• anonymous
That actually makes a lot of sense. One more reason to become ambidextrous!
anonymous
  • anonymous
True! :)
jagatuba
  • jagatuba
Oh I certainly do. I was merely stating that I wish I was a better typist. It's difficult to improve this skill the older you are. Learning at an early age is much easier. Just look at bi-lingual children as evidence. I still wish they had keyboarding when I was in grade school.
anonymous
  • anonymous
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anonymous
  • anonymous
No, no, that's true. I wish I could type faster and more efficiently myself. I also wish that I had grown up speaking two (or more!) languages. And I wish I had focused more on school when I was a teen. :/ I was really just jumping off into a tangent, and used the direct address to you in that context.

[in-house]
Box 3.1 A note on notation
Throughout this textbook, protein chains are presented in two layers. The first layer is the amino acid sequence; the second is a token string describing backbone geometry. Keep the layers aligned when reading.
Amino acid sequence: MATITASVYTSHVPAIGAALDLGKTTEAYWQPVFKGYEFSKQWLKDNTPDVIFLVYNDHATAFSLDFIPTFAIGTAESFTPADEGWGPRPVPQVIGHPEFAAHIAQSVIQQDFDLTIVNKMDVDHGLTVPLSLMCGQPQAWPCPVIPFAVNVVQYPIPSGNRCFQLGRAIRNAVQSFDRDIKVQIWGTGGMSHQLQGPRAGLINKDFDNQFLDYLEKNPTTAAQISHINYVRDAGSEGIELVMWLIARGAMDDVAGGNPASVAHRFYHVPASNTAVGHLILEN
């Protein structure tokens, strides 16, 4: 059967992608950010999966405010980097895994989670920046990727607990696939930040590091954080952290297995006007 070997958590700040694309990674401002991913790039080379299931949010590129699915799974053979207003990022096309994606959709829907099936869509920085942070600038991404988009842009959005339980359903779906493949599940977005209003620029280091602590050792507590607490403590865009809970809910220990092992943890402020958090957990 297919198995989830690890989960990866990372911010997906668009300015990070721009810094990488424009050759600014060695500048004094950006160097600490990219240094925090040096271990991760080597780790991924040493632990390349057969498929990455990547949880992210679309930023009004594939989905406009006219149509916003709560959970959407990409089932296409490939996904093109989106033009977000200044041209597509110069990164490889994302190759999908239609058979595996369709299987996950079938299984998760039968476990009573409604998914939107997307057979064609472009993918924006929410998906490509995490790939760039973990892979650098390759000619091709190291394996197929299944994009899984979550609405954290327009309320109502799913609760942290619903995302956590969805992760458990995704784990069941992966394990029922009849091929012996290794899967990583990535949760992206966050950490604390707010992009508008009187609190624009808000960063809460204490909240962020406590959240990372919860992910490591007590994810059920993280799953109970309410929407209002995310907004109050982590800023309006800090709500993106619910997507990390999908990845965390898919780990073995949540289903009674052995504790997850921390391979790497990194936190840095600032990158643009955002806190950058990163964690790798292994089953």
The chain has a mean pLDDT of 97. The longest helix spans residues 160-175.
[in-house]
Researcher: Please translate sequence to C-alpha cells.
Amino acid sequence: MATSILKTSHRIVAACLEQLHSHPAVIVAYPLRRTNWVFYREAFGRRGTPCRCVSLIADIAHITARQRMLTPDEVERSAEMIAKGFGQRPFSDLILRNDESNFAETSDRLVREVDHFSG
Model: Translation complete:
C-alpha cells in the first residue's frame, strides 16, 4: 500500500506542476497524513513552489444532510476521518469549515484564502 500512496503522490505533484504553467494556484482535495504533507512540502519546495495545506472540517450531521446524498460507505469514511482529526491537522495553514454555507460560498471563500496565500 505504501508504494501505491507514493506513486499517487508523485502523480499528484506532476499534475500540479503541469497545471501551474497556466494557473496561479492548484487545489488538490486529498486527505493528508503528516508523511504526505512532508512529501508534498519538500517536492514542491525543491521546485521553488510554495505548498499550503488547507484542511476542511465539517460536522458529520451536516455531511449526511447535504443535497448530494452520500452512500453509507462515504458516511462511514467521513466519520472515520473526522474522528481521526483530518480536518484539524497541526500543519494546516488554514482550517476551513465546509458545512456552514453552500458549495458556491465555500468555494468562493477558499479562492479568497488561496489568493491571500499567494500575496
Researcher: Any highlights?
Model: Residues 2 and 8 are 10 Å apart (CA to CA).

anonymous
  • anonymous
Has to do with the plasticity of the brain.
anonymous
  • anonymous
The brain is most "plastic" -- that is, most open to learning, most able to make new connections -- in I think it's the first two years of life and then again at adolescence.
anonymous
  • anonymous
I'm still a young adolescent.... can I still become a polyglot?
anonymous
  • anonymous
The brains of teenagers actually grow and develop, changing their very structure, in relationship to the environment. Turns out, what you're involved in at that age is really, really important.
anonymous
  • anonymous
i dont thnk so agdgdgdgwngo. I´m older but I feel more exciting about my life now.